Addressing a dozen Palestinian groups outside Cairo on Tuesday, Abbas stressed that the agreement on "calm" with Israel had already produced benefits but said Israel must fulfil its side of a deal reached at the 8 February summit.
"The agreement on the calm has brought results," Abbas said.
"We reject implementing unilateral commitments and at a time when we are on the way of achieving calm and a truce, we warn against any Israeli dawdling in implementing their commitments."
Resistance groups Hamas and Islamic Jihad have demanded a timetable for an Israeli troop withdrawal and prisoner release as part of a package that includes a suspension of attacks on Israel, possibly for three months.
Abbas, a moderate elected in January to replace the late Yasir Arafat, promised Israel an end to hostilities five weeks ago at the summit in Egypt.
Resistance groups did not formally join then but agreed to give Abbas a chance to see what he could achieve.
Senior Palestinian official Nabil Abu Rudaina said: "We want to leave here with a commitment to keep this truce in place and see Israel implementing what we agreed at Sharm al-Shaikh."
Resistance groups say a formal
truce depends on Israel
Muhammad Nazzal, a senior Hamas leader, said moving from the current "calm" to a truce would need Israel to meet commitments such as ending attacks on Palestinians and releasing prisoners.
Asked about the prospects for extending the "calm", he said: "If we find that the public interest requires that, we will announce that."
Abu Imad al-Rifai, a member of the Islamic Jihad delegation, said a truce would depend on what steps Israel was offering.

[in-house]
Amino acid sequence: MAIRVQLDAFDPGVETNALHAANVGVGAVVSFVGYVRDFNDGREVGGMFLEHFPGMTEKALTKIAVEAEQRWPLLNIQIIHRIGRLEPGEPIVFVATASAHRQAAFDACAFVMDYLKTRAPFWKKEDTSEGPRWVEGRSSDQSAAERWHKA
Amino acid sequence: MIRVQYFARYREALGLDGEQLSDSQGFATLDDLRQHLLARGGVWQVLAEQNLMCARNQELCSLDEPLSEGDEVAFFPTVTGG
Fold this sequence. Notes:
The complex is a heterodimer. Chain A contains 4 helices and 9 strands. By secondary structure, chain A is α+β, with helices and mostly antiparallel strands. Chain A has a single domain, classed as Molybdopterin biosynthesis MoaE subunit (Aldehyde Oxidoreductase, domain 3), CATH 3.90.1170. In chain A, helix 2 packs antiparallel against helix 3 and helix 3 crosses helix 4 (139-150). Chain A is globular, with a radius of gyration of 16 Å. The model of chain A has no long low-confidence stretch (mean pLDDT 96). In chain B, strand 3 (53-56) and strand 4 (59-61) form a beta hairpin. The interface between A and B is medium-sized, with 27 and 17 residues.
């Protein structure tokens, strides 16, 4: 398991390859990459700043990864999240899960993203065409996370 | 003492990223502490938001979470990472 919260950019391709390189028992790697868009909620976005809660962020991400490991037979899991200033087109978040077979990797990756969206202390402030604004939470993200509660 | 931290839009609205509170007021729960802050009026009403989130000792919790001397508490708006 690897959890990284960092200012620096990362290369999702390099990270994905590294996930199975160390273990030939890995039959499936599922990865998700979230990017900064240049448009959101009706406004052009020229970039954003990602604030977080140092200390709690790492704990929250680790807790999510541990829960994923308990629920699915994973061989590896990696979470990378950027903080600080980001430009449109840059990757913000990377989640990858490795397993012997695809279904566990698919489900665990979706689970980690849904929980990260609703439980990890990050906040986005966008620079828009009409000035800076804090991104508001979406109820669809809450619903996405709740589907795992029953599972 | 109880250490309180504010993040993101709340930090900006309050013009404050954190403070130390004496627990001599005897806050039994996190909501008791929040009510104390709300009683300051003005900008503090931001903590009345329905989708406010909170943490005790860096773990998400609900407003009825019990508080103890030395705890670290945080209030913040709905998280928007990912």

"If the answers are in accordance with our vision on the release of detainees, withdrawals, stopping building the separation wall, stopping building settlements and stopping assassinations, then it is possible," he said.
But a senior Palestinian official said there were no guarantees that Israel would meet the demands of the resistance groups.
"We have no guarantees from anybody. Our position is based on the will of the international community to get involved in reviving peace in the region and our alliances," said Jibril Rajub, a security adviser to Abbas.
Israeli Prime Minister Ariel Sharon threw cold water on the ceasefire proposals on Monday when he said his government could not accept the type of truce the Palestinians were suggesting.
"The ceasefire the Palestinians are working for does not give up the terror option, and is not a solution, and to this we cannot agree," Sharon said in a meeting.
"We reject implementing unilateral commitments and at a time when we are on the way of achieving calm and a truce, we warn against any Israeli dawdling in implementing their commitments"
Palestinian Authority president
Israel said on Monday it would begin withdrawing from Jericho and other West Bank towns as part of measures meant to follow the ceasefire agreed to at the 8 February summit.
But on Tuesday it said it might call off confidence-building moves after Abbas pledged to free from jail a man accused of ordering the killing of an Israeli cabinet minister.
"We will weigh carefully if there is any way of continuing the process when the message from Abbas' side is becoming so negative and so contrary to the new spirit we would like to see," Foreign Minister Silvan Shalom told Israel radio.